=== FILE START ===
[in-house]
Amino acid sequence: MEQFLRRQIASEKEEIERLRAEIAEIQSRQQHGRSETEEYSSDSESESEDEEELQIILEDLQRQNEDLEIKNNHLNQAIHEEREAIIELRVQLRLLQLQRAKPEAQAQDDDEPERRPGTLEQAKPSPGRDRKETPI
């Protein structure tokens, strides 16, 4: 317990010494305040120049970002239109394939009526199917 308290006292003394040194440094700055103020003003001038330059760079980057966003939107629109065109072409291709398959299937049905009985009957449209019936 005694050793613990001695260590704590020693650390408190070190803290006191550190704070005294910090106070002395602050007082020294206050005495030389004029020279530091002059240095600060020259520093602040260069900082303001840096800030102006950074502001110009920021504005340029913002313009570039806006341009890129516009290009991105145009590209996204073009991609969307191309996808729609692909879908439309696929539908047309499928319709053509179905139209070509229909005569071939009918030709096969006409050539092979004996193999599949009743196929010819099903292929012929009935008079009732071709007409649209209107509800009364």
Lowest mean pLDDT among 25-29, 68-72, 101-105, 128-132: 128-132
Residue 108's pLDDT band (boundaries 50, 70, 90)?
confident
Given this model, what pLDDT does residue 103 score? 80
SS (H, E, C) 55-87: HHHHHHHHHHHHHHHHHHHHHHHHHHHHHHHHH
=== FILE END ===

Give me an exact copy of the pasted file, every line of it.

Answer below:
[in-house]
Amino acid sequence: MEQFLRRQIASEKEEIERLRAEIAEIQSRQQHGRSETEEYSSDSESESEDEEELQIILEDLQRQNEDLEIKNNHLNQAIHEEREAIIELRVQLRLLQLQRAKPEAQAQDDDEPERRPGTLEQAKPSPGRDRKETPI
């Protein structure tokens, strides 16, 4: 317990010494305040120049970002239109394939009526199917 308290006292003394040194440094700055103020003003001038330059760079980057966003939107629109065109072409291709398959299937049905009985009957449209019936 005694050793613990001695260590704590020693650390408190070190803290006191550190704070005294910090106070002395602050007082020294206050005495030389004029020279530091002059240095600060020259520093602040260069900082303001840096800030102006950074502001110009920021504005340029913002313009570039806006341009890129516009290009991105145009590209996204073009991609969307191309996808729609692909879908439309696929539908047309499928319709053509179905139209070509229909005569071939009918030709096969006409050539092979004996193999599949009743196929010819099903292929012929009935008079009732071709007409649209209107509800009364």
Lowest mean pLDDT among 25-29, 68-72, 101-105, 128-132: 128-132
Residue 108's pLDDT band (boundaries 50, 70, 90)?
confident
Given this model, what pLDDT does residue 103 score? 80
SS (H, E, C) 55-87: HHHHHHHHHHHHHHHHHHHHHHHHHHHHHHHHH